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with any adversary, atheist, papist, or dissenter, or in any sort to promote the honour of God, and carry on the great concerns of the Gospel, when so gross an ignorance in the fundamentals of religion has spread itself so much amongst those who ought to teach others, and yet need that one teach them the first principles of the oracles of God?” This description will, I trust, never be applicable to any who present themselves for ordination from this seminary; certainly, if they avail themselves of the means of religious instruction here afforded them, it never can.

The practice here alluded to by bishop Burnet, of requiring young clergymen who come to seek institution, to give proof that they have duly improved in the studies suited to their fession, and thus subjecting them to a second examination, is not, I believe, at present generally resorted to. If the person who applies has been appointed by the bishop himself, it might seem unnecessary or unseasonable to examine minutely into one qualification, where a conviction of a superior general fitness for the office has decided the preference. If he is presented by a different patron, it might seem invidious on the selection of a person already admitted into orders, (it is to be presumed,) on a sufficient examination of his attainments, and against whom no obvious and palpable objection lies, to resist his appointment to a particular benefice, on a ground apparently so indeterminate and difficult of proof as a deficiency in theological learning; particularly where mankind are so prone to impute unworthy motives, as they ever are, in cases connected with the distribution of pecuniary emoluments, and the exercise of two rival patronages. But the more difficult it is to ascertain, or even to inquire into the progress a young clergyman makes in theological studies after his ordination, the more necessary it becomes that he should be thoroughly well prepared before he receives it. And hence, my young friends, the prelates who are to be responsible for your admission into the church, are more strongly called on to examine your attainments in religious knowledge; and you will yourselves more distinctly see the propriety and the advantage of your availing yourselves of the arrangement now proposed, in order to attain and to prove you have attained such proficiency in sacred literature, as may qualify you for the ministry of the Divine word, in some degree corresponding to the awful importance of that high and holy office.

Another part of bishop Burnet's observation deserves peculiar attention, that in which he adverts to the difficulty we shall experience in resisting any adversaries, whether in defending truth, or exposing error, where gross ignorance spreads itself amongst the established clergy.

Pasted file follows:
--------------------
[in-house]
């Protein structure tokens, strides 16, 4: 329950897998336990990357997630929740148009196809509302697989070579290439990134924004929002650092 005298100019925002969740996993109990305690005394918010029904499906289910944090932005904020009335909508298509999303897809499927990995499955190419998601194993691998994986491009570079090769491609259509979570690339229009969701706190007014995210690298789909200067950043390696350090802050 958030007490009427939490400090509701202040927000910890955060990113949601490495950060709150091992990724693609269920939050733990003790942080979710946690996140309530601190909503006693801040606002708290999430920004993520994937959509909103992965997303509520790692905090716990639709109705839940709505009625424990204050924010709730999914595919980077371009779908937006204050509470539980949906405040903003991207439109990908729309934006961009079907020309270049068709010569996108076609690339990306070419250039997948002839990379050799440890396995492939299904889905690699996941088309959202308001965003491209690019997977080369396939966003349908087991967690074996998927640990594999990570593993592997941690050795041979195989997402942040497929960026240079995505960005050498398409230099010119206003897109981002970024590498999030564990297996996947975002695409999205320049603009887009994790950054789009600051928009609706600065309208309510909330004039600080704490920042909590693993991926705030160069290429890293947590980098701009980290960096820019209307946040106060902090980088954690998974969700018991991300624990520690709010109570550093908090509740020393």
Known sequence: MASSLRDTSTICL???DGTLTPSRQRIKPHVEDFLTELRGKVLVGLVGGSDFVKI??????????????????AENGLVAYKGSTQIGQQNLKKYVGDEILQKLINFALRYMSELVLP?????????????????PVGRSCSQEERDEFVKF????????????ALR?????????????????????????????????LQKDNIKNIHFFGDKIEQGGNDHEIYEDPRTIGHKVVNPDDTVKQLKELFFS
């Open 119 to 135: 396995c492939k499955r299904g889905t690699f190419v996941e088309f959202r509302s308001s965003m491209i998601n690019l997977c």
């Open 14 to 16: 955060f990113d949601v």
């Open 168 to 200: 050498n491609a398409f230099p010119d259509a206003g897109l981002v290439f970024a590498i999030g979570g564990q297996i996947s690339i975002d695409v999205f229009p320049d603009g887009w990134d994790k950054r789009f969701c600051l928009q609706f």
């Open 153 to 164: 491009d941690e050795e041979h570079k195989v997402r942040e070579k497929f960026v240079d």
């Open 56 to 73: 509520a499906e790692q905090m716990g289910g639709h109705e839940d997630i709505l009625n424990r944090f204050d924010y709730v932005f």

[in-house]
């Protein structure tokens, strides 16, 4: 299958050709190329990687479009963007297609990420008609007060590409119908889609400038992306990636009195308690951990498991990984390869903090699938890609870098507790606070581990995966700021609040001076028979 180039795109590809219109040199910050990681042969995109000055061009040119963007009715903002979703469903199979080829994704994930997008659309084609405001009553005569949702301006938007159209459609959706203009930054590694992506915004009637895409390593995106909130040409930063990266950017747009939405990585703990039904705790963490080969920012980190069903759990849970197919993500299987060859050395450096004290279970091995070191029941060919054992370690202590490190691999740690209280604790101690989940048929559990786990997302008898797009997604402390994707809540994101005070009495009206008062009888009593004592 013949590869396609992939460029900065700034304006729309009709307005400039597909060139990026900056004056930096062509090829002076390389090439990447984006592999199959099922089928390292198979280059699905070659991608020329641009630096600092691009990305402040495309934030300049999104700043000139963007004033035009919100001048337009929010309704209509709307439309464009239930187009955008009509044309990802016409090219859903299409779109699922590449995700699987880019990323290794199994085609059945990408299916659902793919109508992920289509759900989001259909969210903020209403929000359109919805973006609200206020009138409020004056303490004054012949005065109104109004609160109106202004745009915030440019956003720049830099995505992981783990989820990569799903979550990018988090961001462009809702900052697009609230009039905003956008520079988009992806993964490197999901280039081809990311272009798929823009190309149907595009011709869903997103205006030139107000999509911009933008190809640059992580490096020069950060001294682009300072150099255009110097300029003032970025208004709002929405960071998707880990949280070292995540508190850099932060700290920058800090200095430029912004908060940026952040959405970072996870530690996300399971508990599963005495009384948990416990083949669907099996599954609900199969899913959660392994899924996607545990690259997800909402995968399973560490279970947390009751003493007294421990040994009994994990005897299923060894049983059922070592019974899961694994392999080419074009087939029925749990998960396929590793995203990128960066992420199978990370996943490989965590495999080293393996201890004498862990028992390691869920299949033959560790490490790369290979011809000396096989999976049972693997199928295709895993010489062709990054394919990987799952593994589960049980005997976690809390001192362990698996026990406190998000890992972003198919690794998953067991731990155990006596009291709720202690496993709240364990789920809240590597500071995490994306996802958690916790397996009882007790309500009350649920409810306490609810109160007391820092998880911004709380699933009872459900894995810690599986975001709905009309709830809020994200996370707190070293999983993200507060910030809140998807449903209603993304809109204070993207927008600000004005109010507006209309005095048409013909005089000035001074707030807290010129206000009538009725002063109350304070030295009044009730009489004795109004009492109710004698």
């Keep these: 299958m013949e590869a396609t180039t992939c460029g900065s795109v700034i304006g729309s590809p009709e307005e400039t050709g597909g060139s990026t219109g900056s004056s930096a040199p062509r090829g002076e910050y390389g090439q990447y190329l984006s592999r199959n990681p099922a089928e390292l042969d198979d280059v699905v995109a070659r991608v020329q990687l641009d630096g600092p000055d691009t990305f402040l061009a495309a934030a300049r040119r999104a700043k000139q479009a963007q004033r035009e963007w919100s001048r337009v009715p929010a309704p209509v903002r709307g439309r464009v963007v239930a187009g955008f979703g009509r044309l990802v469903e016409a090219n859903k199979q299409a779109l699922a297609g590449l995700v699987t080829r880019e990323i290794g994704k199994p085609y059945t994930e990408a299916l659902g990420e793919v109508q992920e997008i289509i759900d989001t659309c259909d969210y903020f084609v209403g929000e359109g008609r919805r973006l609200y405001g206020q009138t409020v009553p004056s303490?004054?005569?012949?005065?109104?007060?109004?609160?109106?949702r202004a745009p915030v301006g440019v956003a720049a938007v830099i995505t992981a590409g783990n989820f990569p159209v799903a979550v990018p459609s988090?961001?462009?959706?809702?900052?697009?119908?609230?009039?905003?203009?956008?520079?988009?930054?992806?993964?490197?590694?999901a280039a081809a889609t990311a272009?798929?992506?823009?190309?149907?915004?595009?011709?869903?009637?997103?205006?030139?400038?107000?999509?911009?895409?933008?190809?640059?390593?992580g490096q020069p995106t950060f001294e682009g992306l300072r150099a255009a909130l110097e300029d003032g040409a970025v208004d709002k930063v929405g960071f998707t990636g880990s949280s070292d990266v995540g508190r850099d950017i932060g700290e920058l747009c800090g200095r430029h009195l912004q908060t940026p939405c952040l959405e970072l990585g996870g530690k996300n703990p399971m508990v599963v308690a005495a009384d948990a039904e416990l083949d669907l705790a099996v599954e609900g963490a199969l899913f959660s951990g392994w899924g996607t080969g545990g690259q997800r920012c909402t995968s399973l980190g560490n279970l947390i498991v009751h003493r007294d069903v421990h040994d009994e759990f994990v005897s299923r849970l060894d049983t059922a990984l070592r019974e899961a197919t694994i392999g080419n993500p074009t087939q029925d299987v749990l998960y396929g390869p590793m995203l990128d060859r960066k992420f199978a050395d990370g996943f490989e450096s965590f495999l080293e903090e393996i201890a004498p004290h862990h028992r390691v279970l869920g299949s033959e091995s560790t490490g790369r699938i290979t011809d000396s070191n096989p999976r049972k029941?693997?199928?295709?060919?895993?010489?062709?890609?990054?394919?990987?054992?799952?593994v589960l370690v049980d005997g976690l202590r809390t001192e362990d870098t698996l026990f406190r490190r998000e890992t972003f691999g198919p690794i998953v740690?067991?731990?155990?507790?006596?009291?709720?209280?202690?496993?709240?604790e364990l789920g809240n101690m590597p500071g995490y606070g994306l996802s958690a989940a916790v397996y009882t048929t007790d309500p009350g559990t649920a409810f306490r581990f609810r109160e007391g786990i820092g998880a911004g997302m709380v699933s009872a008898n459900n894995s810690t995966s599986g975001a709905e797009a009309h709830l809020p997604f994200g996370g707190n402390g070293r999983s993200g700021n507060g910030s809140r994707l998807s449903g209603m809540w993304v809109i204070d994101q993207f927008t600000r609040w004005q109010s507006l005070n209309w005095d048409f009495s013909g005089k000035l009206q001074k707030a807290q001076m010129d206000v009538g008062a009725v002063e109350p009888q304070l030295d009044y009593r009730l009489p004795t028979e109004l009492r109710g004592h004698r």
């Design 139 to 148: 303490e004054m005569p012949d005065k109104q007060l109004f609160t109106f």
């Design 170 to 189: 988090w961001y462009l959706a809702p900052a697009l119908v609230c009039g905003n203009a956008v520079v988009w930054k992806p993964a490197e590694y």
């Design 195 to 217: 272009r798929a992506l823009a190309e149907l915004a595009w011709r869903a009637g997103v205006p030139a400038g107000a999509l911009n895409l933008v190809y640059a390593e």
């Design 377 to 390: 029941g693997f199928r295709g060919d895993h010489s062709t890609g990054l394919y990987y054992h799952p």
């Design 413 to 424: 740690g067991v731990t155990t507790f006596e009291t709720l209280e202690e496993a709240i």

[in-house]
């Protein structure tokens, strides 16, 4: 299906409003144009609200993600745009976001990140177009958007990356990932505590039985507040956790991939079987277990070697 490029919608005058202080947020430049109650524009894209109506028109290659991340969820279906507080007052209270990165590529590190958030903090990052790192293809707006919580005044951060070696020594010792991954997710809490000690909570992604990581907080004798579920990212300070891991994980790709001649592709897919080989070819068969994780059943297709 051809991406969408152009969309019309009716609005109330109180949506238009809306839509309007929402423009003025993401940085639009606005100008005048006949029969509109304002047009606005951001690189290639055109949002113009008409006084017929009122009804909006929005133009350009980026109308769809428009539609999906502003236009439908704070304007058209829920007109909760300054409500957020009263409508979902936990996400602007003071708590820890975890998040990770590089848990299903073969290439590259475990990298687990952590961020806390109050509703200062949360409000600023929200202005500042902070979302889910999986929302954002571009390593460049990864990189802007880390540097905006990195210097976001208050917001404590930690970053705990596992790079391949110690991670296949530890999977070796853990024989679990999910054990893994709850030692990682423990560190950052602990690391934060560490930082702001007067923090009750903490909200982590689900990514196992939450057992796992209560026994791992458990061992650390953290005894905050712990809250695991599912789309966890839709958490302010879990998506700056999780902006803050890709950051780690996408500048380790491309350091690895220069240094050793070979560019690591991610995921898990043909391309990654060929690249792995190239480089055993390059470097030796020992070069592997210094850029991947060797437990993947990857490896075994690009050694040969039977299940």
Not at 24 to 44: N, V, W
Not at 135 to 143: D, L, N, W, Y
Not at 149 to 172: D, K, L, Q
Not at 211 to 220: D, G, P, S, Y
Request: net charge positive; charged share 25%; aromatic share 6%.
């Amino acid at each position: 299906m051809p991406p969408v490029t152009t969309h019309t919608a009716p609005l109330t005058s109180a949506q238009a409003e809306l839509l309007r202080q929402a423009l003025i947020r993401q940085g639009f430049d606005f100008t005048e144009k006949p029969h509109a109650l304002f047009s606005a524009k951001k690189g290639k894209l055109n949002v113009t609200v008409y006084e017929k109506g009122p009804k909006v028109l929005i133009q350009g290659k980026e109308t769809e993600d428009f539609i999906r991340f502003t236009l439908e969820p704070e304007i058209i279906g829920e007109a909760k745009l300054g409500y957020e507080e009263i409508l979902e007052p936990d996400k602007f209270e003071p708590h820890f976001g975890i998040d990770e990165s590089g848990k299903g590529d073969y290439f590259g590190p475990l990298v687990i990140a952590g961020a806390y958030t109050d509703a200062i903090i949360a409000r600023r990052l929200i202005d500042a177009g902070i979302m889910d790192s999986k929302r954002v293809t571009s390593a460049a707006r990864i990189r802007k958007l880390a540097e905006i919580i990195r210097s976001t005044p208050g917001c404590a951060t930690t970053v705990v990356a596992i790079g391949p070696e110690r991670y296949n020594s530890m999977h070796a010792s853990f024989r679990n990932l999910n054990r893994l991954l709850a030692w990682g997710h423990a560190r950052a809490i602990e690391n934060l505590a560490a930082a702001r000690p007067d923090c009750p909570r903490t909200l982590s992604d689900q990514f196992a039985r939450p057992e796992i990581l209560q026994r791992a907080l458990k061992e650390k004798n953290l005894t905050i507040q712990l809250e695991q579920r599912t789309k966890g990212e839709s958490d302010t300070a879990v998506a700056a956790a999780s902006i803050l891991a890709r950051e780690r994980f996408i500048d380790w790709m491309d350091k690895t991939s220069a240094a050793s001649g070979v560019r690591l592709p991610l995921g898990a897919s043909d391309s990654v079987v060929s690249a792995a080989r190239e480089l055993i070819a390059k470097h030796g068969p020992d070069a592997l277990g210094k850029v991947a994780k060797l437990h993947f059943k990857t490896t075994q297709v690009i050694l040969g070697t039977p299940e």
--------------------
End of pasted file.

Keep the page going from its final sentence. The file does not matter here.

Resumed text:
On this view of the subject, it may be useful to advert to the kind of instruction, which the most respectable part of the dissenting clergy receive, and the degree of attention which it is expected they should pay to it. With respect to this, it is a well-known fact, that many of the ministers, who in consequence of the Act of Conformity at the Restoration* swelled the ranks of the dissenters, were eminent for learning, and well qualified to undertake the business of education; and from the pecuniary losses which they sustained, were induced, some to open schools, and some to establish academies, in which they read lectures in different branches of science and theology. From this and other concurring circumstances, no inconsiderable share of learning was diffused, and has continued to subsist amongst the dissenting clergy. The course of lectures delivered by Dr. Doddridge, as a theological tutor, and which was afterwards adopted as a text-book in several academies, affords a striking instance of the great extent of reading, and variety of topics, which the candidates for the dissenting ministry were required to study. This work treats of almost every branch of pneumatology, ethics, and divinity; and though written in the most compressed form of mere propositions and heads of arguments, with their corollaries, and with references to the authors who have treated the several topics at large, it employed 230 lectures, and fills two large octavo volumes. Yet Dr. Doddridge expected his pupils should attend this course twice, † so as to digest and abridge the substance of each lecture, refer to the various authorities, and make any point of distinguished importance the subject of distinct discussion-a labour certainly exceeding any exertions, which the plan of examination now recommended to your attention, my young friends, would require. Greatly is it to be lamented, and the historians and panegyrists of the dissenters join in lamenting, that this and similar courses of studies proved, in many instances, by no means as useful and edifying a preparative for the sacred ministry, as they were extensive and laborious. It cannot be supposed, that all the theological tutors in the dissenting academies equalled, and certainly scarcely any could have exceeded Dr. Doddridge in serious piety and sincere good intention. Yet even his course of lectures appears liable to great objections, not merely because its topics are not arranged in the most lucid order, so as to proceed from what is plain, certain, and elementary, to what is consequential, difficult, or obscure; but because its entire character is too controversial and disputatious, to train the young students' minds to that caution and humility, that consciousness of the narrow limits of human investigation as to the spiritual world, and of the inability of human reason to fathom the deep counsels of God, which ought ever to attend our religious inquiries. Indeed the effects which resulted from this course of study clearly attest the hazard of pursuing religious inquiries without reference to any fixed principles of acknowledged truth, or any regulations of established authority; and confirm the observation of the historians of dissenterism, * “ that what are called (amongst them) moderate principles, tend to Arianism, f and thence to Socinianism, on the utmost verge of deism.”